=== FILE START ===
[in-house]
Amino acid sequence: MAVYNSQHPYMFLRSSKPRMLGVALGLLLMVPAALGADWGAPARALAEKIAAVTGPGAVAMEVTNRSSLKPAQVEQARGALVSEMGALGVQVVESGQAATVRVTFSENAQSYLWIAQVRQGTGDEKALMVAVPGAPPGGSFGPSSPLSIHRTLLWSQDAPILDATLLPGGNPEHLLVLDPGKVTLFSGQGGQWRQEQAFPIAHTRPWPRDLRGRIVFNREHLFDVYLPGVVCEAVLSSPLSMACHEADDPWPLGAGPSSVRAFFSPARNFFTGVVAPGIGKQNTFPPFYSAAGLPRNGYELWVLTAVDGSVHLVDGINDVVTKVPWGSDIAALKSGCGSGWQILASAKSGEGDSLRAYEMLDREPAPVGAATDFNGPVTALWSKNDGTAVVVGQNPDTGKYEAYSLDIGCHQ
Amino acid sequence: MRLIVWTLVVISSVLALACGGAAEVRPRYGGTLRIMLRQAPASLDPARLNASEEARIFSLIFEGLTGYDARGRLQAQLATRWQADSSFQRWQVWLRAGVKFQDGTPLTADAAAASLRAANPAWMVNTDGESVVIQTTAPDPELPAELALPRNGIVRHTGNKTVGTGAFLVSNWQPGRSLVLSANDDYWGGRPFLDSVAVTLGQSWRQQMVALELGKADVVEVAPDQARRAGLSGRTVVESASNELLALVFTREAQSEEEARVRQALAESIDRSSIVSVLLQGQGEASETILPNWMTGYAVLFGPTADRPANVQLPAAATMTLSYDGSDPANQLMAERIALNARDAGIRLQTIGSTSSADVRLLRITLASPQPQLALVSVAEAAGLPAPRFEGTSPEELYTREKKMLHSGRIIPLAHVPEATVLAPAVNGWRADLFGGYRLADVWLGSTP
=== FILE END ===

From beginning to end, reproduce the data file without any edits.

[in-house]
Amino acid sequence: MAVYNSQHPYMFLRSSKPRMLGVALGLLLMVPAALGADWGAPARALAEKIAAVTGPGAVAMEVTNRSSLKPAQVEQARGALVSEMGALGVQVVESGQAATVRVTFSENAQSYLWIAQVRQGTGDEKALMVAVPGAPPGGSFGPSSPLSIHRTLLWSQDAPILDATLLPGGNPEHLLVLDPGKVTLFSGQGGQWRQEQAFPIAHTRPWPRDLRGRIVFNREHLFDVYLPGVVCEAVLSSPLSMACHEADDPWPLGAGPSSVRAFFSPARNFFTGVVAPGIGKQNTFPPFYSAAGLPRNGYELWVLTAVDGSVHLVDGINDVVTKVPWGSDIAALKSGCGSGWQILASAKSGEGDSLRAYEMLDREPAPVGAATDFNGPVTALWSKNDGTAVVVGQNPDTGKYEAYSLDIGCHQ
Amino acid sequence: MRLIVWTLVVISSVLALACGGAAEVRPRYGGTLRIMLRQAPASLDPARLNASEEARIFSLIFEGLTGYDARGRLQAQLATRWQADSSFQRWQVWLRAGVKFQDGTPLTADAAAASLRAANPAWMVNTDGESVVIQTTAPDPELPAELALPRNGIVRHTGNKTVGTGAFLVSNWQPGRSLVLSANDDYWGGRPFLDSVAVTLGQSWRQQMVALELGKADVVEVAPDQARRAGLSGRTVVESASNELLALVFTREAQSEEEARVRQALAESIDRSSIVSVLLQGQGEASETILPNWMTGYAVLFGPTADRPANVQLPAAATMTLSYDGSDPANQLMAERIALNARDAGIRLQTIGSTSSADVRLLRITLASPQPQLALVSVAEAAGLPAPRFEGTSPEELYTREKKMLHSGRIIPLAHVPEATVLAPAVNGWRADLFGGYRLADVWLGSTP